Gulnara Karimova’s Fall From Grace
There was a time when Gulnara Karimova, the daughter of Islam Karimov, Uzbekistan’s autocratic president, was one of the most powerful people in Central Asia. As the dictator’s eldest daughter, she was untouchable. Karimova had her own fashion line, a pop music career, represented her country at the U.N. in Geneva, and an ironclad grip ...
There was a time when Gulnara Karimova, the daughter of Islam Karimov, Uzbekistan’s autocratic president, was one of the most powerful people in Central Asia. As the dictator’s eldest daughter, she was untouchable. Karimova had her own fashion line, a pop music career, represented her country at the U.N. in Geneva, and an ironclad grip on several major businesses. But that all melted away on Monday, when state prosecutors charged her with systemic corruption.
Karimova’s fall from grace has been uncharacteristically public for Uzbekistan, one of the world’s most isolated and repressive countries. Up until March, Karimova, known for her active Twitter presence, had been tweeting about her fall-out with her strongman father and the erosion of her business empire. But that ended six months ago, when she was unceremoniously placed under house arrest in Tashkent, the capital of Uzbekistan, assumedly under her father’s authority, with all communication to the outside world cut off and her Twitter account disabled.
The charges against Karimova are the culmination of a 20-month dynastic struggle among Uzbekistan’s ruling family and the president’s inner circle. Islam Karimov, Gulnara’s father, has led Uzbekistan since it was still a part of the Soviet Union. But at 75, the president is rumored to be in poor health. Gulnara was once considered a contender to succeed her father. Many experts see her downfall as the product of an emerging power vacuum ahead of upcoming elections in 2015.
One figure that Karimova is believed to have locked horns with is Rustam Inoyatov, the head of the SNB, Uzbekistan’s national security service. In December 2013, Karimova claimed on Twitter that Inoyatov had turned her father against her in an attempt to seize power. Inoyatov is known for having the president’s ear. A leaked U.S. diplomatic cable from 2008 describes Inoyatov as controlling political access to the president and even extorting various cabinet ministers to keep them in line and prevent them from developing close relationships with the president.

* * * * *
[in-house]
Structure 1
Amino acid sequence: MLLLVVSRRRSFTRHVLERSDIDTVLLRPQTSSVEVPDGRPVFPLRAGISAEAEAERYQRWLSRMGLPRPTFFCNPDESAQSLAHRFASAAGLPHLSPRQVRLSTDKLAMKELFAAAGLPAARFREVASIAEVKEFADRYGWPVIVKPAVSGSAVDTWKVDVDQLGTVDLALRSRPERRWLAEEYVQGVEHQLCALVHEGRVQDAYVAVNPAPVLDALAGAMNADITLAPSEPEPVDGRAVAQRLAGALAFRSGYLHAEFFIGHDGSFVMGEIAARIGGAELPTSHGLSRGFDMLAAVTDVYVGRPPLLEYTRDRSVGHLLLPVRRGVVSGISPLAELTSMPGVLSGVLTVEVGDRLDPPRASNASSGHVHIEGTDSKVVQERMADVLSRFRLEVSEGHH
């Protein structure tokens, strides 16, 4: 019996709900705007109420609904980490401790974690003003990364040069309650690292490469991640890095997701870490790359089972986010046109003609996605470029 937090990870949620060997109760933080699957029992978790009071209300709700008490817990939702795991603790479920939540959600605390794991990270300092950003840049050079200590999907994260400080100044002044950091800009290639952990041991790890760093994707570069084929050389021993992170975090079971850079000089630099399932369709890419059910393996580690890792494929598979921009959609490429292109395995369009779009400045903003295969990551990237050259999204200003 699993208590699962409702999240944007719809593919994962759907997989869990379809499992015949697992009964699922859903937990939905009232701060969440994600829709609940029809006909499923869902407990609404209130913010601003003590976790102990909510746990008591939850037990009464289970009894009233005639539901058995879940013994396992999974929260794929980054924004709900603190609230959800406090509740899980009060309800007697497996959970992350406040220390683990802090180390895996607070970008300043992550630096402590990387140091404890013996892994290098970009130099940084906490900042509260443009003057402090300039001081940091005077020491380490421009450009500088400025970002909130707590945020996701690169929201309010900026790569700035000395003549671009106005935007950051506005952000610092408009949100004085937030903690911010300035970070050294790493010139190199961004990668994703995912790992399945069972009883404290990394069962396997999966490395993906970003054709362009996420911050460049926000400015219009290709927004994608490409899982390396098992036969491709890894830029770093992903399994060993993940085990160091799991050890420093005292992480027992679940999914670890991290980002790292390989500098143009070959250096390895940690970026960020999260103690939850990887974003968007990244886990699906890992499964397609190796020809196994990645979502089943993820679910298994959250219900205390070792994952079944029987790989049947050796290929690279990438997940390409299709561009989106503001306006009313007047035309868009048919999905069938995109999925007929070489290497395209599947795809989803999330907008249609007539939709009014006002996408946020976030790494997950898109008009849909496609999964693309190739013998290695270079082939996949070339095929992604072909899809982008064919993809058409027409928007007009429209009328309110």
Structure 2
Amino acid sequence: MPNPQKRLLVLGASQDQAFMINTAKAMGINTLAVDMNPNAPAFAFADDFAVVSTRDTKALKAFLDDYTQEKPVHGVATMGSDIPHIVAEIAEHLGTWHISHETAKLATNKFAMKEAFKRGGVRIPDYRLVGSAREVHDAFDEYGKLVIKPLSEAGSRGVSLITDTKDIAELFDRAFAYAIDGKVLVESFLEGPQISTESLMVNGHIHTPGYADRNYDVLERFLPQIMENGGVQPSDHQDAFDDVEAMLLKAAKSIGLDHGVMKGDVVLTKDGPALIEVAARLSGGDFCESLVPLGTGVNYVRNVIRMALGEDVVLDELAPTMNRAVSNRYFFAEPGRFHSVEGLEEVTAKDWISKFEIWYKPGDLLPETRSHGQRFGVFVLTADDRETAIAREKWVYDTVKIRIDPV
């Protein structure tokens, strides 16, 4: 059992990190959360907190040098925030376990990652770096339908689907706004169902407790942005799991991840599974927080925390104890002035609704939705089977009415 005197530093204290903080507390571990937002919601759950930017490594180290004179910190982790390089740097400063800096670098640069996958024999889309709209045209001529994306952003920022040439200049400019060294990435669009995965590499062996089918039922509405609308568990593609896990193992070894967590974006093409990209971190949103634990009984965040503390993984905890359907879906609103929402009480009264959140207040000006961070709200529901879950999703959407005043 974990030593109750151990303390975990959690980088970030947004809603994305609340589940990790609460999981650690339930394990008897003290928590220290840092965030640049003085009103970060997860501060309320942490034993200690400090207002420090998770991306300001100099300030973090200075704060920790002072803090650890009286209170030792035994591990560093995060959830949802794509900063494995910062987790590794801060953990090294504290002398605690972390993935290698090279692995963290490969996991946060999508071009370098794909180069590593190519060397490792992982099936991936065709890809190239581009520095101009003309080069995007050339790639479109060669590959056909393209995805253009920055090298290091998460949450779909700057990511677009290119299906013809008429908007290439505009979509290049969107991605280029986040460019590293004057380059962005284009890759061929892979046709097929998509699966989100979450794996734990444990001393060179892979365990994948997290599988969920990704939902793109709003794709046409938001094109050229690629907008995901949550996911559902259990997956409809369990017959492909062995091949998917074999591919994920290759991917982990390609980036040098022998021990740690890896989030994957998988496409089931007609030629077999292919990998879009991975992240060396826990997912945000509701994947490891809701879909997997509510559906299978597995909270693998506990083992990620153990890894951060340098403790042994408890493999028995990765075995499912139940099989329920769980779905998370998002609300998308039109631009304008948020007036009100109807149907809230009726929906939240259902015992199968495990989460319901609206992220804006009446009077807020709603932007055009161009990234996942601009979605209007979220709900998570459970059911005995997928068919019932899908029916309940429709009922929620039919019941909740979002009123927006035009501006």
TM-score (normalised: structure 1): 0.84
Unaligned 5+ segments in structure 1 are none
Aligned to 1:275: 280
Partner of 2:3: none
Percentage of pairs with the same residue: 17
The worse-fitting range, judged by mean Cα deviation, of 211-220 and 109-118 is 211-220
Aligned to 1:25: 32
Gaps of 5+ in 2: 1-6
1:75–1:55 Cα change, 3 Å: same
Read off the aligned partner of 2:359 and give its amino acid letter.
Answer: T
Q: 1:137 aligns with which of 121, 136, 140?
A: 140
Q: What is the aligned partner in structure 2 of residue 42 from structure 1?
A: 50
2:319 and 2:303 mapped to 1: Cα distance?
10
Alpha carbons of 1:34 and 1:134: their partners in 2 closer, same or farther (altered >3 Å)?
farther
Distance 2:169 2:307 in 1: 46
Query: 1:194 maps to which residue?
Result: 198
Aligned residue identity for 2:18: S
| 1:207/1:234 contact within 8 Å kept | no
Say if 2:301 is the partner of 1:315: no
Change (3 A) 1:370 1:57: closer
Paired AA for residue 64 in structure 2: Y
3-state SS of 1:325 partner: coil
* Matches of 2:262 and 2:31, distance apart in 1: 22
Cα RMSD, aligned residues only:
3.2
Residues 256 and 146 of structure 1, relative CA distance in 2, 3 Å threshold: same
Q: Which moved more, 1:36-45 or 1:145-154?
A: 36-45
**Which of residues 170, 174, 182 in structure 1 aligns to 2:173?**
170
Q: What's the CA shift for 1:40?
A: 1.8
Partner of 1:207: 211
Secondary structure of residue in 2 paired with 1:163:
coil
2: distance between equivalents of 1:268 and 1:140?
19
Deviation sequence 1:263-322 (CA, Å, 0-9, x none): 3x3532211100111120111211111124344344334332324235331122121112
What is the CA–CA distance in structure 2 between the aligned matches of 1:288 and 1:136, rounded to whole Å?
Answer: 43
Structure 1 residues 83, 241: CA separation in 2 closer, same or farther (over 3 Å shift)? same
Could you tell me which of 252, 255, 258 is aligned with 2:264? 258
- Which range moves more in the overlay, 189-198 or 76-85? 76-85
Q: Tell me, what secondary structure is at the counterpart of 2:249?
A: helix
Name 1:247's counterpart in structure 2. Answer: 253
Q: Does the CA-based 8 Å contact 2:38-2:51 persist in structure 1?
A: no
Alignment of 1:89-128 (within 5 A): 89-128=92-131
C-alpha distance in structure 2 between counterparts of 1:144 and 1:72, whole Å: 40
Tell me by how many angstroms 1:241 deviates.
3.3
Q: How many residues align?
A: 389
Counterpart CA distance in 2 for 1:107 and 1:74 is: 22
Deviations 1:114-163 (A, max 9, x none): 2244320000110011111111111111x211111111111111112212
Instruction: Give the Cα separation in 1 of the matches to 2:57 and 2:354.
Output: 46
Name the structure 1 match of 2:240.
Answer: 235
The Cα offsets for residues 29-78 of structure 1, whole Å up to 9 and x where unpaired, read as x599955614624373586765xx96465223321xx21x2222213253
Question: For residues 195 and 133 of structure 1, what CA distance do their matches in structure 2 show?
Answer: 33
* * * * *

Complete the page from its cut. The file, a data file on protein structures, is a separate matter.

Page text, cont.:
Although Karimova’s downfall may be the result of a Shakespearean power struggle, her high-profile financial misdeeds are also likely to have played a role. The charges against her claim that she plundered approximately $60 million worth of assets from the country. This isn’t the first time that large-scale corruption charges have been leveled against Karimova. Swiss prosecutors have been investigating Karimova for money laundering since last year. Her diplomatic immunity as Uzbekistan’s ambassador to the U.N. in Geneva shielded her from investigation. But once she left the post in July 2013, she became the subject of the Swiss probe.
Upon learning about the investigation, Karimova returned to Tashkent in September 2013, which is when the feud within Uzbekistan’s first family became public. That same month, the family appears to have turned against her. Gulnara’s little sister, Lola Karimova-Tillyaeva, said in a rare interview with the BBC that she had not spoken to her sister in 12 years. The comments illuminated the emerging rift in Tashkent, as Karimova’s family and other members of the ruling elite tried to distance themselves from her tainted reputation.
Karimova’s controversial international business dealings are not confined to Switzerland. In 2012, Swedish journalists uncovered evidence linking the Swedish-Finnish telecom company, TeliaSonera, with a $300 million bribe in 2008 to enter Uzbekistan’s mobile-phone market. The money was traced to an offshore company registered in Gibraltar, which was owned by Karimova’s close associates. The scandal has since become the biggest corruption case in Swedish history and Karimova became an official suspect.
Like the other scandals, Karimova denied any involvement and the company itself denies any wrongdoing. In a March letter believed to have been written by Karimova while under house arrest and smuggled to the BBC, the author insists that the charges are the work of Inoyatov, the security chief.
Amid the power struggle, it is uncertain what role Islam Karimov has played in all this. It is unlikely that Gulnara could have been targeted without the approval of a leader who has spent the last 23 years consolidating his hold on power. But who will succeed him remains a mystery. For that reason alone, the country’s political turmoil may not be over.
Reid Standish is an Alfa fellow and Foreign Policy’s special correspondent covering Russia and Eurasia. He was formerly an associate editor. Twitter: @reidstan